October 16-17th 2009
University of Toronto
Toronto Ontario Canada
In the 25 years since the publication of Victor Burgin’s critically important collection Thinking Photography, scholars in both the humanities and social sciences have turned their attention to questions of affect, emotion, and feelings. Whether emphasizing specific affects (melancholy, for example), the circulation of emotions between bodies, or the significance of feelings in public life, this rich scholarship offers new approaches to thinking through the relationship between bodies, images, and publics. “Feeling Photography” will bring together scholars working in a range of interpretive and theoretical approaches to interrogate the relationship between the affect, emotion, and/or feeling and the photograph.
All methodological and theoretical approaches are welcomed. Possible paper topics include, but are certainly not limited to: intimacy, empire, and ‘domestic’ photography; visuality and the haptic; the expression of emotion and photographic representation; affective economies; postcolonial feeling; loss, trauma, and representation; history, photography, and emotion; performativity and the public space of photography; moral spectatorship; structures of feeling; visuality and queer counterpublics; diasporic longing; photography and the commodification of feeling; documentary, feeling, and everyday utopias; racial melancholia; affect and the image; sentiment and representation; technologies of affect; empathy/rapture/longing; meditations on specific states, such as shame/anger/hate/suspicion/fear/envy/anxiety. Successful proposals will tie affect, emotion, and/ore feeling to photography in some specific way.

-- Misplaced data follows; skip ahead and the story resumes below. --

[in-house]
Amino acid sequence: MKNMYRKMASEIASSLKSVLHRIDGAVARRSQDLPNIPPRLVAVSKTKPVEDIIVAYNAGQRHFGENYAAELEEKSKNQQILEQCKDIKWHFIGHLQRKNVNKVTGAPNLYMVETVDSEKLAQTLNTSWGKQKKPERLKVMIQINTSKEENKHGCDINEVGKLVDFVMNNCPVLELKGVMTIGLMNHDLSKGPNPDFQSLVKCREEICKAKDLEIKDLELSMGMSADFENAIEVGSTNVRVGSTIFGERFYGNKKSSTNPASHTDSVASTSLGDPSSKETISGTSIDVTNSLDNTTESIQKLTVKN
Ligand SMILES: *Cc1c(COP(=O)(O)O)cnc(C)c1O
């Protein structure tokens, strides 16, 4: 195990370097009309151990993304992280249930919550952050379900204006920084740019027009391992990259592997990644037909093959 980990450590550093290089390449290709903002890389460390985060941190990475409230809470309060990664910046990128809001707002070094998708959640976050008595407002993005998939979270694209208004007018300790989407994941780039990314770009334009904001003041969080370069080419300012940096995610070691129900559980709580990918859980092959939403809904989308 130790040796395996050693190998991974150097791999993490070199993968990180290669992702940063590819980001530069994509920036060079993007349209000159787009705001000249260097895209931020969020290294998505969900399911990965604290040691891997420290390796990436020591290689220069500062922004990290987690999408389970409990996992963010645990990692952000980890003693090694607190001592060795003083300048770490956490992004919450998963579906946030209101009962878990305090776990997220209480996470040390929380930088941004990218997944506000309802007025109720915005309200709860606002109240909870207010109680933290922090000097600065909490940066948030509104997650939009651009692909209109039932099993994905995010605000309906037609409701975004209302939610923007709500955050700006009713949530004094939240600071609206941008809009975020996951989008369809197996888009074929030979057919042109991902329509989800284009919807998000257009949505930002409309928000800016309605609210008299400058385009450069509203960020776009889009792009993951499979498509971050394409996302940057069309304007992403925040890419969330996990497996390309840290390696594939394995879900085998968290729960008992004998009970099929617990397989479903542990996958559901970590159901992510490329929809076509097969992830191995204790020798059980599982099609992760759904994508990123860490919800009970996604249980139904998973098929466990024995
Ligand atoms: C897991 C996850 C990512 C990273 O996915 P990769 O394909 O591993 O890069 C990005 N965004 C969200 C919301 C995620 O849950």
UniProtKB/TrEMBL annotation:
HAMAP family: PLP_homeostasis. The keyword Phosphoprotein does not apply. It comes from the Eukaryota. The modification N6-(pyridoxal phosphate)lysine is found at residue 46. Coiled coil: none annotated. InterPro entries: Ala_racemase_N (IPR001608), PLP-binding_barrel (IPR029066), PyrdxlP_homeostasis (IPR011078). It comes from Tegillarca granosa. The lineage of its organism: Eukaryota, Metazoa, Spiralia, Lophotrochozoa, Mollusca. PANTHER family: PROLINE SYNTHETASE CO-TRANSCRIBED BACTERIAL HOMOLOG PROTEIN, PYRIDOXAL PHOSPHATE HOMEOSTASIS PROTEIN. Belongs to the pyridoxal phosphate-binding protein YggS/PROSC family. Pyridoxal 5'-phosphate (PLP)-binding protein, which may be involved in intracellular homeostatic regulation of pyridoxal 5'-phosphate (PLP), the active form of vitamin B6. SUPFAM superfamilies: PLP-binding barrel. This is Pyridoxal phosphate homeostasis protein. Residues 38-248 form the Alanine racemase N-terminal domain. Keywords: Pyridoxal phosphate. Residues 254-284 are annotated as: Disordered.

Confirmed plenary speakers include: Geoffrey Batchen, Lisa Cartwright, Ann Cvetkovich, David Eng, Marianne Hirsch, Shawn Michelle Smith, and Diana Taylor.
Instructions for submission of paper abstracts: please send a 250-word proposal and one page c.v. to email@example.com no later than January 15, 2009. Notifications will take place by February 23, 2009.
Completed conference papers should be about 8-10 pages, or 20 minutes. We also envision collecting completed papers based on conference presentations into an anthology for publication with a university press. A subvention to cover part of the costs of registration will be available to graduate students.
This conference is co-sponsored by the Toronto Photography Seminar and the Centre for the Study of the United States, Munk Centre for International Studies, University of Toronto.
Conference organizers are Prof. Matt Brower, University of Toronto; Prof. Elspeth Brown, University of Toronto; and Prof. Thy Phu, University of Western Ontario; with the assistance of David Sworn, graduate student in History at the University of Toronto.
For the Toronto Photography Seminar, see www.torontophotoseminar.org; for the Centre for the Study of the United States at the University of Toronto, see http://www.utoronto.ca/csus/